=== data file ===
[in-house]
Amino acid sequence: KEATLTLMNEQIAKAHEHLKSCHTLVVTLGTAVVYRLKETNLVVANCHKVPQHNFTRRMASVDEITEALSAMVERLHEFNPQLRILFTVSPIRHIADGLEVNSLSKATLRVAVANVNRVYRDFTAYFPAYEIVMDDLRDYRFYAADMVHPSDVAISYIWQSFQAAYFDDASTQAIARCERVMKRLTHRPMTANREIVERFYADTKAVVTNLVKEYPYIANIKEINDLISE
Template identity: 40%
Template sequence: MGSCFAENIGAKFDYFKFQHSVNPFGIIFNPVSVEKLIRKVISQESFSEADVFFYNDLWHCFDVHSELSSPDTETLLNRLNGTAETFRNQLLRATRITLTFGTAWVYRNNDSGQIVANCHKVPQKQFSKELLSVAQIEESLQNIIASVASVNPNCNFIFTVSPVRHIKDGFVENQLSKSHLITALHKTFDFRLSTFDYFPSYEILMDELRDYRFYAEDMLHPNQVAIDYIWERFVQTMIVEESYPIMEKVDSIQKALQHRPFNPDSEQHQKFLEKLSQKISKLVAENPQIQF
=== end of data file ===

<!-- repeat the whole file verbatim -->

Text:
[in-house]
Amino acid sequence: KEATLTLMNEQIAKAHEHLKSCHTLVVTLGTAVVYRLKETNLVVANCHKVPQHNFTRRMASVDEITEALSAMVERLHEFNPQLRILFTVSPIRHIADGLEVNSLSKATLRVAVANVNRVYRDFTAYFPAYEIVMDDLRDYRFYAADMVHPSDVAISYIWQSFQAAYFDDASTQAIARCERVMKRLTHRPMTANREIVERFYADTKAVVTNLVKEYPYIANIKEINDLISE
Template identity: 40%
Template sequence: MGSCFAENIGAKFDYFKFQHSVNPFGIIFNPVSVEKLIRKVISQESFSEADVFFYNDLWHCFDVHSELSSPDTETLLNRLNGTAETFRNQLLRATRITLTFGTAWVYRNNDSGQIVANCHKVPQKQFSKELLSVAQIEESLQNIIASVASVNPNCNFIFTVSPVRHIKDGFVENQLSKSHLITALHKTFDFRLSTFDYFPSYEILMDELRDYRFYAEDMLHPNQVAIDYIWERFVQTMIVEESYPIMEKVDSIQKALQHRPFNPDSEQHQKFLEKLSQKISKLVAENPQIQF